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Poetry


 

"On High" by Paulo Henriques Britto
    (translated from the Portuguese by Idra Novey)

"I Have Been Calling Them" and "Faders" by Vivian Demuth


Paulo Henriques Britto
    (Translated from the Portuguese by Idra Novey)


On High

I
Even the world doesn’t fit
within the slender space
consigned to it.

All things overflow their borders.
(And so the taut angst of armchairs,
the ashamed cry of faucets.)

Not only you, poet, suffer from
the stingy work of demiurges.
Even the gods write twisted lines.

Still, one has to attempt. For instance:
“Night is a deep backpack.”
No, not backpack. Maybe bat cave?

Not that either. Far too wild,
too tiresome, again. And the night,
plainly, is no longer a child.

II
Careful, poet: time fattens the soul.
After a certain number of pages
angels no longer rise between the lines.
And even reason, that modern thing
wears out as well, like any coin.

Having a meaning is a risky game,
and can’t be resolved in a single dice throw.
The precision of a gesture alone isn’t enough.
Even the most catlike movement is nothing
without the ballast of existence, that

tired thing, with its texture too thick
to pass through the timid sieve
of pale poetry, that ancient thing.
Time is scarce. The dictionary is fat.
Careful: no silence is ever enough.


Brazilian poet Paulo Henriques Britto was born in Rio de Janeiro in 1951. His third collection of poems, Trovar Claro, received Brazil’s equivalent of the National Book Award, and his fourth book, Macau, won the Portugal Telecom Prize. Britto is also one of Brazil’s principal translators of British and American literature. His translations include works by E.L. Doctorow, Henry James, V.S. Naipaul, Thomas Pynchon, Wallace Stevens, and Elizabeth Bishop. He currently teaches at the Catholic University of Rio de Janeiro.
Poet and translator Idra Novey is the author of the poetry collection,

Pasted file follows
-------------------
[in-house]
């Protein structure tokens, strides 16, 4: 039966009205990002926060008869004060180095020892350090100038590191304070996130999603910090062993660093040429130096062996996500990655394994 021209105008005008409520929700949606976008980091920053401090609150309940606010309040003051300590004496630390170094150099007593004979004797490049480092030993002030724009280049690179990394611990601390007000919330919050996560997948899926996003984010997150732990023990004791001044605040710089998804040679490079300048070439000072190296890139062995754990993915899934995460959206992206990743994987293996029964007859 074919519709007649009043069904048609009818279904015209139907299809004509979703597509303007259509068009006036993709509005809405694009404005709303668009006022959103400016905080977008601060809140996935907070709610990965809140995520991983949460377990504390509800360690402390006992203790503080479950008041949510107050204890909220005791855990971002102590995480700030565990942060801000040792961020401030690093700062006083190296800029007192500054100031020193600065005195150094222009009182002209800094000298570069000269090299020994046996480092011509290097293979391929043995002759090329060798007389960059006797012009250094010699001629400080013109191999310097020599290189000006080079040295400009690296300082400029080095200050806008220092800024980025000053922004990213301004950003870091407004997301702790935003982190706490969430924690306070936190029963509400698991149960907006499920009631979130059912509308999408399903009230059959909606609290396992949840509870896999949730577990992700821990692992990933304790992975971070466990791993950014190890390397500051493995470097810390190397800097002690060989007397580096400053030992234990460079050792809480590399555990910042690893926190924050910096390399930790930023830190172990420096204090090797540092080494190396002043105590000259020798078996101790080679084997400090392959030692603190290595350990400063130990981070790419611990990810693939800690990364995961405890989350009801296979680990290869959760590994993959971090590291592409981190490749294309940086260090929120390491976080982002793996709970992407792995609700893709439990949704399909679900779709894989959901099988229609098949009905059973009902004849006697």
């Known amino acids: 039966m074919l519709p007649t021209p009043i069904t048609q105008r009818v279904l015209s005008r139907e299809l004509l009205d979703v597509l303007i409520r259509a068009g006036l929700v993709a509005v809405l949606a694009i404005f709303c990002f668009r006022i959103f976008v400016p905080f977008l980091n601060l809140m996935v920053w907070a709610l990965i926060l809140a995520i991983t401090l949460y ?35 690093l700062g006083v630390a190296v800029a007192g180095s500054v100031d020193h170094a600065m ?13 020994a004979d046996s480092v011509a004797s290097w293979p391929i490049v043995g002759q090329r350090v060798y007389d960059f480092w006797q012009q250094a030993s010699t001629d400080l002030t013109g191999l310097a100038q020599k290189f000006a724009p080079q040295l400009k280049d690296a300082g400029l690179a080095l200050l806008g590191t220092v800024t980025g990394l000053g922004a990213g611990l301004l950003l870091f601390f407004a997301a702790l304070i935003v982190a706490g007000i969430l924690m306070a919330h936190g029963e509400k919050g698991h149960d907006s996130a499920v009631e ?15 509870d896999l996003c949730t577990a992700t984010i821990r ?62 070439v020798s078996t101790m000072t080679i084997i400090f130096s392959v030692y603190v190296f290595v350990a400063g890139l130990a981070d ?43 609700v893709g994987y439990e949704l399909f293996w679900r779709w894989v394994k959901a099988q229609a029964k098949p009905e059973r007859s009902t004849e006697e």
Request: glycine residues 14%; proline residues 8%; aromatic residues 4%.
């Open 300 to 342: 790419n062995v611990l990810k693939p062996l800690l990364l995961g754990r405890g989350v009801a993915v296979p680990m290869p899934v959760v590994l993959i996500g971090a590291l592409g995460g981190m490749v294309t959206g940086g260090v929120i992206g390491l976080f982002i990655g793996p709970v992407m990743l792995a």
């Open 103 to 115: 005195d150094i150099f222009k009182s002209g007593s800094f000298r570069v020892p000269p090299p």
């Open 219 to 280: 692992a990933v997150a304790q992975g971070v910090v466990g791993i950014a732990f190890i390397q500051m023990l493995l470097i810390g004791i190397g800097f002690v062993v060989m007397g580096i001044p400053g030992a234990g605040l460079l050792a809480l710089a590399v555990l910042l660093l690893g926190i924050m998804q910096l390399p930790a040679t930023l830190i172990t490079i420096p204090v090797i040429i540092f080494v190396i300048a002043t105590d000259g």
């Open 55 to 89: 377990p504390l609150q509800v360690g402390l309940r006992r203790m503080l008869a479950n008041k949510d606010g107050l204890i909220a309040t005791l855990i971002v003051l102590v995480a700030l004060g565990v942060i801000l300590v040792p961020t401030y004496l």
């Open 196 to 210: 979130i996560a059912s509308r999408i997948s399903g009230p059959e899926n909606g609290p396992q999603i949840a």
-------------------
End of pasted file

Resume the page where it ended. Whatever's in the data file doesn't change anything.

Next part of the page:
The Next Country. Her poems and prose appear or are forthcoming in The Paris Review, Ploughshares, The Literary Review, and The Believer, as well as the poetry anthology, Third Rail. The poem, "On High," is reprinted here in translation, by permission of the translator, from the new book, The Clean Shirt Of It (2007, Boa Editions, www.boaeditions.org), a bilingual collection of Paulo Henriques Britto's poems in Idra Novey's translation which received a PEN Translation Fund Award.



Vivian Demuth

I Have Been Calling Them

For a long time I have been calling them without reply
I smell them in the DNA hills of my boreal bed
I see them waiting on a black forest coat of male arms
I hear them arguing, tongues flying in Native winds
I rub their dark feathers dipped in a dry Alberta stream
As I write in the rocky darkness to talk with them

For a long time I have been calling them without response
And after I saw the twirling Precision helicopter crash
After I ran downhill into the smell of crushed metal and dreams
After I touched a cold firefighter's blue-winged lips
with the erratic cry of my breath, then I called them again
while walking alone in logged woods and for once
the giant ravens croaked and lifted me
as we listened to our breath alight in tall evergreens



Faders*
--for Anna Politkovskaya

What fades?
Evergreens, survivors of chain-linked
generations of logging, now a cemetery
of vertical bones with marrow devoured
by defrosted mobs of mountain beetles.
Dry pine trees, fragile, faded red
like splattered blood of hunted journalists
marked in blinding daylight of corruption
and wars. The paper dollar skin of a million
carved trees changes hands to kill or save
a forest, to pay the salary of a determined
investigative reporter or to complete
the handshake of a prearranged hit.
When the deal is done, baked winds
blow tinder needles into the world’s circular
currents where the sad news is read by ever-
globalizing children scavenging through
trashed newspapers. This is the hazardous
graveyard, dumped skeletons of trees and
journalists, the unpredictable resting place
from which a thoughtful spark has potential,
in spite of death, to melt and release
a thousand tender seedlings.


*Faders is a forestry term for pine-beetle-infested pine trees
 

Vivian Demuth is a Canadian poet and fiction writer, whose first novel, Eyes of the Forest, was recently published by Smoky Peace Press (www.smokypeacepress.com)  She is also the author of a poetry collection, Breathing Nose Mountain (www.poetspath.com/exhibits/viviandemuth).  For the last fifteen years, she has worked summers as a fire lookout in the boreal forest of Alberta, Canada, where she hosts an annual Poetry on the Peaks events.  In recent winters, she has lived in New York, where she has taught creative writing and worked in an outreach center for the city's homeless.  

 


Logos 6.3 - summer 2007
© Logosonline 2007